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Murder, Marple & Me - The Customs House, South Shields

Published by: Steve Burbridge on 16th May 2013 | View all blogs by Steve Burbridge

 Janet Prince in Murder Marple and Me_photo by steve ullathorne.JPG

Murder, Marple & Me – The Customs House, South Shields

Margaret Rutherford’s performance as Miss Marple made her a true movie icon, but it nearly didn’t happen. This intriguing new play, by Philip Meeks, humorously unearths the fascinating reasons why.

Janet Prince, playing Rutherford, Agatha Christie and Miss Marple is nothing less than a one-woman wonder. Seldom have I seen a performer own a stage and single-handedly hold the attention of an entire audience for more than an hour in the way that she does. Everything about her performance is utterly compelling – from the way she inhabits each character with a complete conviction that seems effortless, to the glint in her eyes that flash frequently with dazzling intensity.

As it should be, Murder, Marple & Me is a deeply intimate production. As we witness a clash of two of Britain’s most influential women in the arts in the 1950s and 60s who staggered through a mutual distaste for each other, and a serious aversion to each other’s work, Meeks demonstrates the trademarks of his craft that have confirmed him as one of the defining playwrights of his generation.

Beautifully-written and masterfully crafted, the ebullience of Rutherford’s personality is pitched perfectly. This contrasts nicely with the demure spinster sleuth, Miss Marple, who sits on the sidelines, knitting all the while, and acting as something akin to narrator, and the clipped, cut-glass tones of the rather haughty Dame Agatha. Often moving and, at times, deeply poignant, Meeks avoids over-sentimentality by lacing the script with some wonderfully witty one-liners that have a tendency to take you completely by surprise.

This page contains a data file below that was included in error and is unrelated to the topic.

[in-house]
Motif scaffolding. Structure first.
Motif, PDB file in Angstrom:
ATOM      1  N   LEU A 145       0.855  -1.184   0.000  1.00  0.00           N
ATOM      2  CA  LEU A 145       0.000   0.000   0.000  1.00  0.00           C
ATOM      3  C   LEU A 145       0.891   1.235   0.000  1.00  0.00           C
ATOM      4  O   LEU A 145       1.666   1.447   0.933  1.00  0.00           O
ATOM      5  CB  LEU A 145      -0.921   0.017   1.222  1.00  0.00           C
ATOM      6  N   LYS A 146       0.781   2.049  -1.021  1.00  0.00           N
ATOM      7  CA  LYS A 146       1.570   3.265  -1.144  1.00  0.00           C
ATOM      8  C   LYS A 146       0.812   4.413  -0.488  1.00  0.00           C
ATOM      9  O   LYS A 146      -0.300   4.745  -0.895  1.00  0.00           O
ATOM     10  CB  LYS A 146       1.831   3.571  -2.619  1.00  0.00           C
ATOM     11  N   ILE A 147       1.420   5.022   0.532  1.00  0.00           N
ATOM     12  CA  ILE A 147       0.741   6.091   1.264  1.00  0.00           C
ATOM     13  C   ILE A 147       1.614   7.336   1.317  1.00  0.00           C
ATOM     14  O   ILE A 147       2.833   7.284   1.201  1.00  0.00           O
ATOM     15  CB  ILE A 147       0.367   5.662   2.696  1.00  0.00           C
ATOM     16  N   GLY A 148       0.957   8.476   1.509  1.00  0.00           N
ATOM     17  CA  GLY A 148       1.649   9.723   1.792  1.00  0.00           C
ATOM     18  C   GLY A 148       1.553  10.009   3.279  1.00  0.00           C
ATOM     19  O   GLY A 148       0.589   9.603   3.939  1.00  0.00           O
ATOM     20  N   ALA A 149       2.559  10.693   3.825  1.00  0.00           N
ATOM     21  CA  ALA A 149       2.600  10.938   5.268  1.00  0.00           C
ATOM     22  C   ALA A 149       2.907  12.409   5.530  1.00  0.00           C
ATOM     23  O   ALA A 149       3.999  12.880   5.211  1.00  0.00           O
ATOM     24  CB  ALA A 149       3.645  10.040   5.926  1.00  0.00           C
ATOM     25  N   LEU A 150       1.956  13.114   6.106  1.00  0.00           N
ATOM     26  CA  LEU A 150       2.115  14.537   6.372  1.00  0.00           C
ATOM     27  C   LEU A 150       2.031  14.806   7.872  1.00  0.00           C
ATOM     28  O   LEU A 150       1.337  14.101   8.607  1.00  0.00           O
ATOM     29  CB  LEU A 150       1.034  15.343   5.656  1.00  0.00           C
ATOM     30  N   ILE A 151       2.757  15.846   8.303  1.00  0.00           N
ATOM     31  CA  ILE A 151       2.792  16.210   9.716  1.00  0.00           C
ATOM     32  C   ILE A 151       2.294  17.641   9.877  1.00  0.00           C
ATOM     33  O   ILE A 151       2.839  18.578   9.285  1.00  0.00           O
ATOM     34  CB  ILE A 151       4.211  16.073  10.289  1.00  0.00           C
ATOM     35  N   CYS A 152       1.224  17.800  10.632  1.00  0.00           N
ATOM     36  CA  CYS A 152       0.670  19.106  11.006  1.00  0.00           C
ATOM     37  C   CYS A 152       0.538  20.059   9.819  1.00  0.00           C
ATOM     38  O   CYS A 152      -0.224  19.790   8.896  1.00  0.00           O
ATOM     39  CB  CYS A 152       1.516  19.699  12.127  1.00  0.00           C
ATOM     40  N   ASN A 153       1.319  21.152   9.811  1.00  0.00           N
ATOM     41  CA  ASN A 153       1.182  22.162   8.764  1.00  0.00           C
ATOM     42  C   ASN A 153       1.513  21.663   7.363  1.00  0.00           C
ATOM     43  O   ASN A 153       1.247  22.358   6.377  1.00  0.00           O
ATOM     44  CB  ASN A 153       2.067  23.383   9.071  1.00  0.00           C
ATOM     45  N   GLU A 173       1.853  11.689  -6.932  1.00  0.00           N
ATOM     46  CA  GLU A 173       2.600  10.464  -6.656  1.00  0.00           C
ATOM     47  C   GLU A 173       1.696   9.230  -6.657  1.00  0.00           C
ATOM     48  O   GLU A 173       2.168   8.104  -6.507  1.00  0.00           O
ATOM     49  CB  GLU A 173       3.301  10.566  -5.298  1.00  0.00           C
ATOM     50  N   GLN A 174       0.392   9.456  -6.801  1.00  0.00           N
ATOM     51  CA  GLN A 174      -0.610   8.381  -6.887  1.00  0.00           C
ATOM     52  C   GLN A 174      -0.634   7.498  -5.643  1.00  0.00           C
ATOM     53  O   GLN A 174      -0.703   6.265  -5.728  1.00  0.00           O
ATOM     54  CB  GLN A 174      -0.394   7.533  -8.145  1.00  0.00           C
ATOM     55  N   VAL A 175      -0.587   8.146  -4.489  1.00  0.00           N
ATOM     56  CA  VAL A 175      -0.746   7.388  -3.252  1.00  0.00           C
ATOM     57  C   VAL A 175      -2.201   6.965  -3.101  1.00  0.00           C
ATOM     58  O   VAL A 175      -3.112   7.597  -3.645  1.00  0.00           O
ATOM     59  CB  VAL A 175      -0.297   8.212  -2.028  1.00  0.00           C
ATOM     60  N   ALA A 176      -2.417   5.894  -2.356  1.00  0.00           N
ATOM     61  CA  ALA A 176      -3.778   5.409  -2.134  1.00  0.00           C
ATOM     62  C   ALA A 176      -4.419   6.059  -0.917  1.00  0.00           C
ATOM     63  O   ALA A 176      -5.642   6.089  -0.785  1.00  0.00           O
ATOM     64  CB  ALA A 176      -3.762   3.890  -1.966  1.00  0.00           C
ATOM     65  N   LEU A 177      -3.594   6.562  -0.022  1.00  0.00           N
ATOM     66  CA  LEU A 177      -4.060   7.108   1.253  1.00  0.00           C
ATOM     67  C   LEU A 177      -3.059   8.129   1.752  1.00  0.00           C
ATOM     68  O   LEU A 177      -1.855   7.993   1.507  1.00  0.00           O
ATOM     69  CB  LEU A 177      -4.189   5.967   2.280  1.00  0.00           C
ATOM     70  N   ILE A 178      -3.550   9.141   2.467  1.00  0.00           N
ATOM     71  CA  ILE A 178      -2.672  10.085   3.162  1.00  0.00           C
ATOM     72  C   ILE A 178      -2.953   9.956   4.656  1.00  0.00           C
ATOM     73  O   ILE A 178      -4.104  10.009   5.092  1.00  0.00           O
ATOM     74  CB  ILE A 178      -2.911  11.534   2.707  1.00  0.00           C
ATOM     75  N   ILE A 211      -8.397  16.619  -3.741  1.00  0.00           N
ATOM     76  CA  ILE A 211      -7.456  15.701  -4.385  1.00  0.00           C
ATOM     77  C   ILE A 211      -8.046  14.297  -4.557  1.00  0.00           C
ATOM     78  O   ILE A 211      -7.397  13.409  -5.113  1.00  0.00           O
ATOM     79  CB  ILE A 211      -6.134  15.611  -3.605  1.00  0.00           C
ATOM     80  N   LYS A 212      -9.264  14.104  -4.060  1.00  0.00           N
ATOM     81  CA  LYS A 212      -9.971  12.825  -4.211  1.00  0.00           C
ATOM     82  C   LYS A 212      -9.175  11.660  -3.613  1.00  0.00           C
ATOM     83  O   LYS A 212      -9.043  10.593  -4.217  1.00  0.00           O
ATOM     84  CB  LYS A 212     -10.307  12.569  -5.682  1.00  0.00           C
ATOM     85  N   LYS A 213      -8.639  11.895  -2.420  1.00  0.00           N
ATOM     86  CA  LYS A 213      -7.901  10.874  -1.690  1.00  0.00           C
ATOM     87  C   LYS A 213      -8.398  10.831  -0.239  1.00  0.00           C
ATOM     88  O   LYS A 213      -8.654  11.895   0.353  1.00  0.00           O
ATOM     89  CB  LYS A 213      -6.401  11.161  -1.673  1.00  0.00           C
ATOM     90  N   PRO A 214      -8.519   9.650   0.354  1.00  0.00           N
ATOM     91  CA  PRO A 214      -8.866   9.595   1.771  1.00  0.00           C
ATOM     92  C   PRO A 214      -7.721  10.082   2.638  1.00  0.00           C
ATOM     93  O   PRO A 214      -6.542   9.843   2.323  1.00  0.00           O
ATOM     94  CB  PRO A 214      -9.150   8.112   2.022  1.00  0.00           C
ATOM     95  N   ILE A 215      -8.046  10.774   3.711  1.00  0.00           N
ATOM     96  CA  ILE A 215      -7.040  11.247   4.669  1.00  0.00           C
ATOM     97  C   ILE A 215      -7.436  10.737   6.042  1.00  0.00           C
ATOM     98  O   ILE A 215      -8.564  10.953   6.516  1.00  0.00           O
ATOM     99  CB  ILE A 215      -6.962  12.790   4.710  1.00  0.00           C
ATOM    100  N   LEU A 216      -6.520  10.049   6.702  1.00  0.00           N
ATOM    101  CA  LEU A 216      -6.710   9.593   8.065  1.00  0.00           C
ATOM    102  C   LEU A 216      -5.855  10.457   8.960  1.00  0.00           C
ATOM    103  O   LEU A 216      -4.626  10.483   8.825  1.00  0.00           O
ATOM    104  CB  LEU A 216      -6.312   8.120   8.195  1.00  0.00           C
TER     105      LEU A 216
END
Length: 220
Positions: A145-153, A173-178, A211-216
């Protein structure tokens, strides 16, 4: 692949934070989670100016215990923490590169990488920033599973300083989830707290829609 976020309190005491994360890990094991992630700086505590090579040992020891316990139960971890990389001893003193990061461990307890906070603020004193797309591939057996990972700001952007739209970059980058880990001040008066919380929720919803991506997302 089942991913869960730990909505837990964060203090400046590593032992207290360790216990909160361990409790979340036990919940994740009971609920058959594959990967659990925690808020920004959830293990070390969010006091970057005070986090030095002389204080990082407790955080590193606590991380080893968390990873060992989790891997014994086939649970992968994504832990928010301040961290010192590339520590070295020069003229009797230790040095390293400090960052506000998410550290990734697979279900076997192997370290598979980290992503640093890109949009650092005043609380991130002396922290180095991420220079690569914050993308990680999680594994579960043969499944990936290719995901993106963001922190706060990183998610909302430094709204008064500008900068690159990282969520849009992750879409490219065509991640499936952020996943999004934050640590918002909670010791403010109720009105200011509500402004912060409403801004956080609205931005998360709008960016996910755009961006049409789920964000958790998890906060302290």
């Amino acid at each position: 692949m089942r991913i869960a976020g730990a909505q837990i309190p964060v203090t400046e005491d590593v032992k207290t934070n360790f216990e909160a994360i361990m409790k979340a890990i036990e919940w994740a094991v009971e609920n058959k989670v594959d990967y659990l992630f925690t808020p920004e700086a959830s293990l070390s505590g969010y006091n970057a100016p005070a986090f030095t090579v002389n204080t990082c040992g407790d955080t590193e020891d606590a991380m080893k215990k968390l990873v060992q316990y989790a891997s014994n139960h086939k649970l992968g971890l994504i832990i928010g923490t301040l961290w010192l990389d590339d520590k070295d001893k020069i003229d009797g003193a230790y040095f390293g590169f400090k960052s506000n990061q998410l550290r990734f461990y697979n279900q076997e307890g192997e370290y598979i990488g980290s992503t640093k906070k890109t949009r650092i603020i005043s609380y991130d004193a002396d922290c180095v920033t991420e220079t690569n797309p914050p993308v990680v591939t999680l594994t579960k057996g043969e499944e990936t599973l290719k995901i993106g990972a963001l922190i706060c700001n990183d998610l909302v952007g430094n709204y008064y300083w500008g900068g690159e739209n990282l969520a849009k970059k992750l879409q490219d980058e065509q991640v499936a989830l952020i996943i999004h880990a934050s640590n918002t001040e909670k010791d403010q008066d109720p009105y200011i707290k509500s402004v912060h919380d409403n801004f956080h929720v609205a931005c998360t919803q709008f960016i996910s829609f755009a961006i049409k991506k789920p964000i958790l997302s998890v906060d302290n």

Indeed, this first-class production, which is now touring having enjoyed a sell-out run at last year’s Edinburgh Festival Fringe, offers a fascinating foray into the life of a flawed, fallible woman who endured a traumatic childhood which would result in her spending periods in mental institutions and embarking upon eccentric relationships with stuffed toys.

On stage, we are drawn into the interwoven story of three intriguing, larger than life characters and, in the same way that Rutherford, Christie and Marple were a force to be reckoned with, off stage it is the talented trio made up by actress Janet Prince, writer Philip Meeks and director Stella Duffy that have created a wonderfully entertaining and truly memorable play.

Steve Burbridge.

Runs at The Customs House until Wednesday 16 May 2013, before continuing to tour until the end of June.



1 Comment

  • Cameron Lowe
    by Cameron Lowe 5 years ago
    Thanks, Steve. This sounds like a future classic.
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